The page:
The analysis and redesign of processes uncovered the need for resilient mechanisms that enabled better governance of activities within the organisation. Policies had been developed that governed the execution of the Operating Model, yet analysis revealed that some policies had gaps which affected the interpretation of responsibilities when executing specific processes. Additionally, a lack of transparency promulgated a culture which engendered misgivings both vertically and horizontally in the organisation. Admittedly, even if processes were refined to achieve better efficiency and effectiveness, the environment within the organisation would not make them sustainable.
To synopsise, business processes required redesign to improve efficiency; however, the current policy framework and lack of transparency posed risks to a successful turnaround.
This is where a consultative approach became essential in producing real change within the organisation. Consultation with stakeholder across the organisation revealed digital infrastructure at the organisation's disposal that was not utilised to their full advantage. This infrastructure was integrated with the process solutions developed to fulfil the requirement of transparency within the Operating Model. A change in culture was immediately apparent as accountability became a focal point in the execution of processes, thus producing a sense of thoughtfulness in the work individuals within the organisation perform. Interestingly, accountability did not just flow from the bottom upwards but from the top downwards unlocking new culture dynamics that had the potential to add further value in the current work that the organisation performs.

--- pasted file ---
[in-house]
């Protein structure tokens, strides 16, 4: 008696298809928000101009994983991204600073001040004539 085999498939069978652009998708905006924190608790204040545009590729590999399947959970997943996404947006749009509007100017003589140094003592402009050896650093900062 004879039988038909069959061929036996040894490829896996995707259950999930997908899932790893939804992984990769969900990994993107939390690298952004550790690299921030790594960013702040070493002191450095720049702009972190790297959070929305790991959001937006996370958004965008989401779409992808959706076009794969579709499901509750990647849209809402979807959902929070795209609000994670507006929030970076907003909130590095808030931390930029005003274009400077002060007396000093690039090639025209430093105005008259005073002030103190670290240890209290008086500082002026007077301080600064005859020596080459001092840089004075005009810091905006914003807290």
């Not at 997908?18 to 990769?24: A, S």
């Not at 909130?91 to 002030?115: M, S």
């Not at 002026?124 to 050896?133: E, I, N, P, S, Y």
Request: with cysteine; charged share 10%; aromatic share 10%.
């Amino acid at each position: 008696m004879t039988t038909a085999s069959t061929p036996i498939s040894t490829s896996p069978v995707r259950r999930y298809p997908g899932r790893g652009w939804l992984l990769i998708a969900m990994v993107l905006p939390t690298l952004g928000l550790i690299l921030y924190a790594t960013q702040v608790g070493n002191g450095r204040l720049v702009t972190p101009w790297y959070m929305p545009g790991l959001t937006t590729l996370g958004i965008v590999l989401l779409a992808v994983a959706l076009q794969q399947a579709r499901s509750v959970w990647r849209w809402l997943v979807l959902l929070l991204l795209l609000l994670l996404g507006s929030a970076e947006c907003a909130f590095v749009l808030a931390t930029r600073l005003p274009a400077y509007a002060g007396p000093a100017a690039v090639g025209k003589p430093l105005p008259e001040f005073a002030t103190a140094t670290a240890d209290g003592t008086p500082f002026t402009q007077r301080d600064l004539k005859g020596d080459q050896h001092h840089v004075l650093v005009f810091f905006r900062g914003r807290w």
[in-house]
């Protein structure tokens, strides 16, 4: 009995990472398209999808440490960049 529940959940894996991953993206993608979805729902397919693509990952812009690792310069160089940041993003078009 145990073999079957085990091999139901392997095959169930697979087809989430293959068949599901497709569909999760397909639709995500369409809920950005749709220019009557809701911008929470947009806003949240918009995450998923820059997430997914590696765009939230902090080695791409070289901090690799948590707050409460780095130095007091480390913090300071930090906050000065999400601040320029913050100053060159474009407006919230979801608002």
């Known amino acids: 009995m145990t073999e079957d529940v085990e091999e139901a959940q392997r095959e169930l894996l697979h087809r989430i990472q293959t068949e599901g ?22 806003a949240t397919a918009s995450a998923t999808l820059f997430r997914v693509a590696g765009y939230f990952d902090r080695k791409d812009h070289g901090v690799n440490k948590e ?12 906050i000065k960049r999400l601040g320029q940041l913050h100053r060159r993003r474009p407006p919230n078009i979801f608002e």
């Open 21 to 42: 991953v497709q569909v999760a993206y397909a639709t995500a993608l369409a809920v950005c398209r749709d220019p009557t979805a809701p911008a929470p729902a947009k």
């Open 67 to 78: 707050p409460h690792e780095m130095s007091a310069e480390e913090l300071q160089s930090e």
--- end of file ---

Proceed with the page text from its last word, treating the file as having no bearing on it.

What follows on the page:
Furthermore, findings from the initial process analysis endorsed a closer examination of a critical business unit in the form of a work study. The greater transparency afforded through the Business Process Re-engineering provided objective information to make better decisions on the future of the business unit.
This is what is meant by realising the full value of Business Process Re-engineering. It is exploring all outcomes of the analysis conducted to establish a platform for sustainable change. Business Process Redesign can become a tool of discovery; enabling decision makers to get a better understanding of the engine that creates value within the organisation.
Sometimes that engine needs a few bolts to be tightened here or there to improve delivery. In some instances, entire units may demand complete change. In both cases, Business Process Re-engineering can guide efforts to develop and embed that change. More than just a tool, it is a holistic look at an organisation revealing opportunities for real change.
Lwandle Fakazi is consultant at AIA, who has worked on several process improvement projects across industries and sectors.
Lwandle Fakazi has a BSc Honours in Engineering from the University of the Witwatersrand and experience in analysing industrial processes for efficiency and productivity. He has applied these principles in understanding and reengineering business processes as well as utilising analytical methods to develop thorough solutions. Prior experience includes the development of business cases for energy efficiency projects which were implemented within the platinum mining industry to drive environmental sustainability while reducing operational expenditure.